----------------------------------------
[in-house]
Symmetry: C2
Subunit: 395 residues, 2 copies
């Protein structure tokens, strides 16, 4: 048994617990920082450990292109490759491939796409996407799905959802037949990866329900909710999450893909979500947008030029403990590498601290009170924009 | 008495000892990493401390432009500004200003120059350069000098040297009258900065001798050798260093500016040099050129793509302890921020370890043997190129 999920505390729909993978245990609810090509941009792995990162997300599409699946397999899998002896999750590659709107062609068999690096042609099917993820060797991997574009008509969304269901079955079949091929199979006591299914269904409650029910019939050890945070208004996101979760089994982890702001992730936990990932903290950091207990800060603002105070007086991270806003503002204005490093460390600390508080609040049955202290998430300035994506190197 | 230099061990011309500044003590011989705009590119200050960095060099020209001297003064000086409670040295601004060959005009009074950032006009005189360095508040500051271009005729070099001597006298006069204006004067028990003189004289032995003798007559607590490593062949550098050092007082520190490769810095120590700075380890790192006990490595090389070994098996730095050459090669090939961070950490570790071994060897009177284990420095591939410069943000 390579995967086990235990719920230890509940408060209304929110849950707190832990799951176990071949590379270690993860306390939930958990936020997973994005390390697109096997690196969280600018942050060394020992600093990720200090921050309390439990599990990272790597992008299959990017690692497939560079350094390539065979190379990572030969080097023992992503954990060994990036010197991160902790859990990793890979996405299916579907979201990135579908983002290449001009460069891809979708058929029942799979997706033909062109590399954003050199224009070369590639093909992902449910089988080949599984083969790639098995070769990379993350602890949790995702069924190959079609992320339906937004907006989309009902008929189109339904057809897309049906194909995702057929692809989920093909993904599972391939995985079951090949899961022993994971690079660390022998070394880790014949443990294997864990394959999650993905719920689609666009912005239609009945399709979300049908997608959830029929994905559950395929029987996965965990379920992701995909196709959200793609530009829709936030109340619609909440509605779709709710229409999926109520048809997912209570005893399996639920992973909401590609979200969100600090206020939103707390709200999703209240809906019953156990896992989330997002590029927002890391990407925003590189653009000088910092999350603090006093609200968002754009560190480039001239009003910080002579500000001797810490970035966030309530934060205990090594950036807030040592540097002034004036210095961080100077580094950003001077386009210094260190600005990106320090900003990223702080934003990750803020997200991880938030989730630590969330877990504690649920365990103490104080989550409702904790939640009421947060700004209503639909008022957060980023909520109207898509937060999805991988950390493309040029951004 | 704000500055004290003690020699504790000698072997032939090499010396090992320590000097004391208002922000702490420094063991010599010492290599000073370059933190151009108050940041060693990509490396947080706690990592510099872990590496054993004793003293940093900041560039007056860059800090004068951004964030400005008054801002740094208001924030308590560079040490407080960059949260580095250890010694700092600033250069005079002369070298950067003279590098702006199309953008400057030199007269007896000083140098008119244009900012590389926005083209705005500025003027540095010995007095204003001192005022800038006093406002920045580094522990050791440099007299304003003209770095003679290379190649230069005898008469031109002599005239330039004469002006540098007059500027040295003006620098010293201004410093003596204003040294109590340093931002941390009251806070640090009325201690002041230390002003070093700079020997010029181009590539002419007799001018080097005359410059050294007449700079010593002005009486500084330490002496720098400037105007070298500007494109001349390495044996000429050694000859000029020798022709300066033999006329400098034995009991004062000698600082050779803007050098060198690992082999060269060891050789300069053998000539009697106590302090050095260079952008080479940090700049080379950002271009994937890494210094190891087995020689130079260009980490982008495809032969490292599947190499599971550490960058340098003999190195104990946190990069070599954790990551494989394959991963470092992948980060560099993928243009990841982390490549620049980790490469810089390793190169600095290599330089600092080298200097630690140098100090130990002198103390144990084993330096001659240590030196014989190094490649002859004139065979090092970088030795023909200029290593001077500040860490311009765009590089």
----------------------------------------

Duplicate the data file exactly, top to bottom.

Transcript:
[in-house]
Symmetry: C2
Subunit: 395 residues, 2 copies
């Protein structure tokens, strides 16, 4: 048994617990920082450990292109490759491939796409996407799905959802037949990866329900909710999450893909979500947008030029403990590498601290009170924009 | 008495000892990493401390432009500004200003120059350069000098040297009258900065001798050798260093500016040099050129793509302890921020370890043997190129 999920505390729909993978245990609810090509941009792995990162997300599409699946397999899998002896999750590659709107062609068999690096042609099917993820060797991997574009008509969304269901079955079949091929199979006591299914269904409650029910019939050890945070208004996101979760089994982890702001992730936990990932903290950091207990800060603002105070007086991270806003503002204005490093460390600390508080609040049955202290998430300035994506190197 | 230099061990011309500044003590011989705009590119200050960095060099020209001297003064000086409670040295601004060959005009009074950032006009005189360095508040500051271009005729070099001597006298006069204006004067028990003189004289032995003798007559607590490593062949550098050092007082520190490769810095120590700075380890790192006990490595090389070994098996730095050459090669090939961070950490570790071994060897009177284990420095591939410069943000 390579995967086990235990719920230890509940408060209304929110849950707190832990799951176990071949590379270690993860306390939930958990936020997973994005390390697109096997690196969280600018942050060394020992600093990720200090921050309390439990599990990272790597992008299959990017690692497939560079350094390539065979190379990572030969080097023992992503954990060994990036010197991160902790859990990793890979996405299916579907979201990135579908983002290449001009460069891809979708058929029942799979997706033909062109590399954003050199224009070369590639093909992902449910089988080949599984083969790639098995070769990379993350602890949790995702069924190959079609992320339906937004907006989309009902008929189109339904057809897309049906194909995702057929692809989920093909993904599972391939995985079951090949899961022993994971690079660390022998070394880790014949443990294997864990394959999650993905719920689609666009912005239609009945399709979300049908997608959830029929994905559950395929029987996965965990379920992701995909196709959200793609530009829709936030109340619609909440509605779709709710229409999926109520048809997912209570005893399996639920992973909401590609979200969100600090206020939103707390709200999703209240809906019953156990896992989330997002590029927002890391990407925003590189653009000088910092999350603090006093609200968002754009560190480039001239009003910080002579500000001797810490970035966030309530934060205990090594950036807030040592540097002034004036210095961080100077580094950003001077386009210094260190600005990106320090900003990223702080934003990750803020997200991880938030989730630590969330877990504690649920365990103490104080989550409702904790939640009421947060700004209503639909008022957060980023909520109207898509937060999805991988950390493309040029951004 | 704000500055004290003690020699504790000698072997032939090499010396090992320590000097004391208002922000702490420094063991010599010492290599000073370059933190151009108050940041060693990509490396947080706690990592510099872990590496054993004793003293940093900041560039007056860059800090004068951004964030400005008054801002740094208001924030308590560079040490407080960059949260580095250890010694700092600033250069005079002369070298950067003279590098702006199309953008400057030199007269007896000083140098008119244009900012590389926005083209705005500025003027540095010995007095204003001192005022800038006093406002920045580094522990050791440099007299304003003209770095003679290379190649230069005898008469031109002599005239330039004469002006540098007059500027040295003006620098010293201004410093003596204003040294109590340093931002941390009251806070640090009325201690002041230390002003070093700079020997010029181009590539002419007799001018080097005359410059050294007449700079010593002005009486500084330490002496720098400037105007070298500007494109001349390495044996000429050694000859000029020798022709300066033999006329400098034995009991004062000698600082050779803007050098060198690992082999060269060891050789300069053998000539009697106590302090050095260079952008080479940090700049080379950002271009994937890494210094190891087995020689130079260009980490982008495809032969490292599947190499599971550490960058340098003999190195104990946190990069070599954790990551494989394959991963470092992948980060560099993928243009990841982390490549620049980790490469810089390793190169600095290599330089600092080298200097630690140098100090130990002198103390144990084993330096001659240590030196014989190094490649002859004139065979090092970088030795023909200029290593001077500040860490311009765009590089």